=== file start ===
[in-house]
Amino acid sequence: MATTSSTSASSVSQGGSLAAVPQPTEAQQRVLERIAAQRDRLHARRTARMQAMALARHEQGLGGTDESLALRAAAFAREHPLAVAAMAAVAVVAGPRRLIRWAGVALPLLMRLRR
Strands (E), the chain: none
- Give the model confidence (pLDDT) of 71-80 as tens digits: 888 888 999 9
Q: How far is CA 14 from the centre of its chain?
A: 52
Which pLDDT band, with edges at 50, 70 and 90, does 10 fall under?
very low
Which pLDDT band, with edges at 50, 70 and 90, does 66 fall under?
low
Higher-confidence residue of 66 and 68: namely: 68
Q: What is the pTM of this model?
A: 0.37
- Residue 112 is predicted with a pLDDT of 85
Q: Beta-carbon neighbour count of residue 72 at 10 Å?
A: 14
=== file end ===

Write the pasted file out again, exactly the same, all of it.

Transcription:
[in-house]
Amino acid sequence: MATTSSTSASSVSQGGSLAAVPQPTEAQQRVLERIAAQRDRLHARRTARMQAMALARHEQGLGGTDESLALRAAAFAREHPLAVAAMAAVAVVAGPRRLIRWAGVALPLLMRLRR
Strands (E), the chain: none
- Give the model confidence (pLDDT) of 71-80 as tens digits: 888 888 999 9
Q: How far is CA 14 from the centre of its chain?
A: 52
Which pLDDT band, with edges at 50, 70 and 90, does 10 fall under?
very low
Which pLDDT band, with edges at 50, 70 and 90, does 66 fall under?
low
Higher-confidence residue of 66 and 68: namely: 68
Q: What is the pTM of this model?
A: 0.37
- Residue 112 is predicted with a pLDDT of 85
Q: Beta-carbon neighbour count of residue 72 at 10 Å?
A: 14